On the other hand we have very little in retirement, struggle to save money and live pay check to pay check.  Our debt to income ratio is 39% when looking at gross income, much higher if we look at take home pay. We have an interest only mortgage and interest only home equity loan and negative net worth. Our interest only term on the home equity loan is up next year and we have 6 years left on our interest only mortgage.  We want to pay off the lesser debt and either increase our income to the point we can afford a conventional loan on our present home, or sell and move into a smaller more affordable home to drastically decrease our debt to income ratio. Then start saving!  Wayne is eligible to retire in 15 years. that seems crazy, especially because we have very little saved or invested.

We’ve put our car loans and small credit card debt into a snowball calculator and will have those paid off in 2.5 years. That’s a conservative estimate, we hope, if we throw everything we have at this debt, it will be sooner. Once those are paid off we can either make the decision to sell our home or convert to conventional loans and just stay put. We are also building up an emergency fund and trying to save for those yearly lump expenses like Christmas, taxes and vacations. If we don’t have the cash we won’t spend the money. That’s the plan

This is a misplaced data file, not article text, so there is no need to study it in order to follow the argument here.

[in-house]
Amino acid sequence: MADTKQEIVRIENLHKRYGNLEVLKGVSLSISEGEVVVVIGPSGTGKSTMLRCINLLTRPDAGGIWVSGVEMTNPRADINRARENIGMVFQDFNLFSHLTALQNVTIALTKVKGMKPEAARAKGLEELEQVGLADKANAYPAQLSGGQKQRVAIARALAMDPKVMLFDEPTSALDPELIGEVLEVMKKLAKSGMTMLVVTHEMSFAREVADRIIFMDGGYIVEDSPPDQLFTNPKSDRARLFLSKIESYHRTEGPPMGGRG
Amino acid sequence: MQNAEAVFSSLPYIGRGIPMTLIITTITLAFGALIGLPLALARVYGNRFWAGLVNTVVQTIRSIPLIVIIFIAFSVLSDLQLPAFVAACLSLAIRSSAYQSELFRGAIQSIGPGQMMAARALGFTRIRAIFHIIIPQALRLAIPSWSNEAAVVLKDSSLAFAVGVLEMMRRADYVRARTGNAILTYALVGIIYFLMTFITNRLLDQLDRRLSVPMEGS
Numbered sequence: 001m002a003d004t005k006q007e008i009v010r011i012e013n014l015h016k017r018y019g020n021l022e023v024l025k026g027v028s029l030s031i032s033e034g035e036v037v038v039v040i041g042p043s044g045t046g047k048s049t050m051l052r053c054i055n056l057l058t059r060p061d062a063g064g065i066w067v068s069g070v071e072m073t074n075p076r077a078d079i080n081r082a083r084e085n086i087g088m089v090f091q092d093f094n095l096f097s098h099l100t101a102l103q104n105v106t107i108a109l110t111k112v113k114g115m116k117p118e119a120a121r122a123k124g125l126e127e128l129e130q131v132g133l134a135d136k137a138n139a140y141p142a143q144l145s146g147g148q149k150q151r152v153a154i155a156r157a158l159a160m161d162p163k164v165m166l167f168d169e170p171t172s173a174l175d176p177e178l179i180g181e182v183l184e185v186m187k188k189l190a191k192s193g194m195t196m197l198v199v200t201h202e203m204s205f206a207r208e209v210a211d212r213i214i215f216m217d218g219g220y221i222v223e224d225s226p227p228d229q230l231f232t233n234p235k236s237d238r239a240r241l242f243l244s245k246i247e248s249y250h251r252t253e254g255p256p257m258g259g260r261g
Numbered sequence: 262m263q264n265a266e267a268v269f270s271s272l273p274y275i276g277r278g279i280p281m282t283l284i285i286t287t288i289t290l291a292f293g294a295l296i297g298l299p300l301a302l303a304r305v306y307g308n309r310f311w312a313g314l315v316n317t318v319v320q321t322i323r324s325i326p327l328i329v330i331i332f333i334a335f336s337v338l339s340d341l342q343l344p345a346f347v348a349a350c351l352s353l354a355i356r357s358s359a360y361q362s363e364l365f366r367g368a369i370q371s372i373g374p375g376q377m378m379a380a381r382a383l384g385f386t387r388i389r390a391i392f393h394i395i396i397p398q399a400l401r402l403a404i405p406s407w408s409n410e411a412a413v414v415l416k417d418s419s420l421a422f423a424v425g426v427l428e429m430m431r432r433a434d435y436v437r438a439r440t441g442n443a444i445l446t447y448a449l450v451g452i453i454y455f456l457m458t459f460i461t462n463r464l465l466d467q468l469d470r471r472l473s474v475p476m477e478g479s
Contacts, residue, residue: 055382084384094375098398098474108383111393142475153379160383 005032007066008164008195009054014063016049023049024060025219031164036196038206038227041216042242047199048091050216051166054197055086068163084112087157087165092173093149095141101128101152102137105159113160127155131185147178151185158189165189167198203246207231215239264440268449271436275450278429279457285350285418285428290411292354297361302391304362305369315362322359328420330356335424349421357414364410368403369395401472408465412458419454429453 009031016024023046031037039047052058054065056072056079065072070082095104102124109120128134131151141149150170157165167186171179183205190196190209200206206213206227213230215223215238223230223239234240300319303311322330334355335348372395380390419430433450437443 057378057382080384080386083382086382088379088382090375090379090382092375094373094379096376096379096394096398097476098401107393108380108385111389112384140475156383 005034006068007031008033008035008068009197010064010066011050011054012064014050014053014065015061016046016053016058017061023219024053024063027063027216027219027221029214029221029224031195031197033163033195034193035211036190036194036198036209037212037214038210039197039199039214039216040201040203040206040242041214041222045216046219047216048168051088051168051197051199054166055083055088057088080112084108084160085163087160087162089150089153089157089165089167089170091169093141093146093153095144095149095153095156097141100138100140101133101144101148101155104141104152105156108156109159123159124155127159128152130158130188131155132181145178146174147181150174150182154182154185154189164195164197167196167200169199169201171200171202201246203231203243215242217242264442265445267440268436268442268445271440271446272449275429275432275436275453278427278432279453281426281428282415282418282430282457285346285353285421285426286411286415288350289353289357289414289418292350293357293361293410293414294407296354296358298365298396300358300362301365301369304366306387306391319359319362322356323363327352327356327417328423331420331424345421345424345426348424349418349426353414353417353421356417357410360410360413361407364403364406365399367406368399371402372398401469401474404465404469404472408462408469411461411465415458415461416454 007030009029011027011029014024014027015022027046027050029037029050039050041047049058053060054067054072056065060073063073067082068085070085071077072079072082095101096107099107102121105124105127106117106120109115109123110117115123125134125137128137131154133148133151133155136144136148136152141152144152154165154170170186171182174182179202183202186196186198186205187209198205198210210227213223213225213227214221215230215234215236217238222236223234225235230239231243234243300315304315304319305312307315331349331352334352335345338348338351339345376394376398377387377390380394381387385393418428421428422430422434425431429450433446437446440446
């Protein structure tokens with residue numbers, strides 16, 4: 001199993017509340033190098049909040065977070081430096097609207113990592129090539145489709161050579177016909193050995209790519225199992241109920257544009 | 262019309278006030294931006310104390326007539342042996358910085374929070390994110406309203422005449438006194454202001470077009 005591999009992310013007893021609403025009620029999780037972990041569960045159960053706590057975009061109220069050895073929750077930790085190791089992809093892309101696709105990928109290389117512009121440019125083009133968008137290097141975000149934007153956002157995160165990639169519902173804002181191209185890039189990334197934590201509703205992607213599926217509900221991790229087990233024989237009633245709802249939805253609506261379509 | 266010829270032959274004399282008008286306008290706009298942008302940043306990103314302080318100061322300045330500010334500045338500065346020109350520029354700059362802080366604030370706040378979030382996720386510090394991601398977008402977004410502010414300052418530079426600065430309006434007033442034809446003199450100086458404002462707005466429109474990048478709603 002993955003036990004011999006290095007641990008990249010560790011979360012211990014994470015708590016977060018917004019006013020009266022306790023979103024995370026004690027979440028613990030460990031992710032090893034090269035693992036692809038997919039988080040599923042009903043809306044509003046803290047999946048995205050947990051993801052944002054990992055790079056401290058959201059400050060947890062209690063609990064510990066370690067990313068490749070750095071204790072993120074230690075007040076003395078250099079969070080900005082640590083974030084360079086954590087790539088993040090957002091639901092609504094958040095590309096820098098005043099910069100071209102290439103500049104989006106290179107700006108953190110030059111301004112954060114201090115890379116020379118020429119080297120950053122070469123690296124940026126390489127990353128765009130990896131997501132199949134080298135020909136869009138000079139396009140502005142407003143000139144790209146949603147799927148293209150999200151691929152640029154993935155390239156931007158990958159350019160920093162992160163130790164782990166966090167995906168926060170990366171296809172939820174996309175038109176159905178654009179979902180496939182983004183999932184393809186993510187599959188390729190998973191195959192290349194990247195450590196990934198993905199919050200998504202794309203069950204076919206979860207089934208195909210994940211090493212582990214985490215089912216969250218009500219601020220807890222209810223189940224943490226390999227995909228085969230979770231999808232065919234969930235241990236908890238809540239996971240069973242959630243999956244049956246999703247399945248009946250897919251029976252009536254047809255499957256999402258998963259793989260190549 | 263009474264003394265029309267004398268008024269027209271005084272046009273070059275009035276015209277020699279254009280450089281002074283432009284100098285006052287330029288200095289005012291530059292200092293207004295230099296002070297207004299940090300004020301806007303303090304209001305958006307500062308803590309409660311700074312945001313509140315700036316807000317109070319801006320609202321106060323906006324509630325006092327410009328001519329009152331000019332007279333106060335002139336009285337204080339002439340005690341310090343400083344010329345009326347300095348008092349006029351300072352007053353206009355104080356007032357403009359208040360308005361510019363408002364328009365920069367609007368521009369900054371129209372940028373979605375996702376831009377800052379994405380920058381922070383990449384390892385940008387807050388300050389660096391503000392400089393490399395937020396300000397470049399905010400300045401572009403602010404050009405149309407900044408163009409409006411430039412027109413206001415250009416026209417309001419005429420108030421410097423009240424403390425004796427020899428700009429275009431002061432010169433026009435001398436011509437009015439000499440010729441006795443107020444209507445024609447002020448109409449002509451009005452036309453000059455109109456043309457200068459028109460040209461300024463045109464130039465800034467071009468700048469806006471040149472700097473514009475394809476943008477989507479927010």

Why haven’t we done this sooner? How did we get here to begin with?

Simply living beyond our means doesn’t quite explain it.  The short story is that in 2005 at the peak of the real estate bubble we sold our small 1300 square foot home in a not so great neighborhood for a ridiculous price(450,000, cleared 150,000) and bought a home almost twice as big in a great neighborhood, for a ridiculous price (559,000), with the hope of always having rental income from the basement apartment in the new house to afford the mortgage. For about 2 hours on September 15th, 2005 we had no debt and a nice nest egg. If we had bought a home with a conventional mortgage at about 200,000 less  we could have, by this time, been almost 1/3 of the way through the term of the loan and would also probably have a positive net value. We knew that interest only loans were not a smart financial move, how and why we agreed to that I’m not sure but, there’s another aspect of our journey into debt.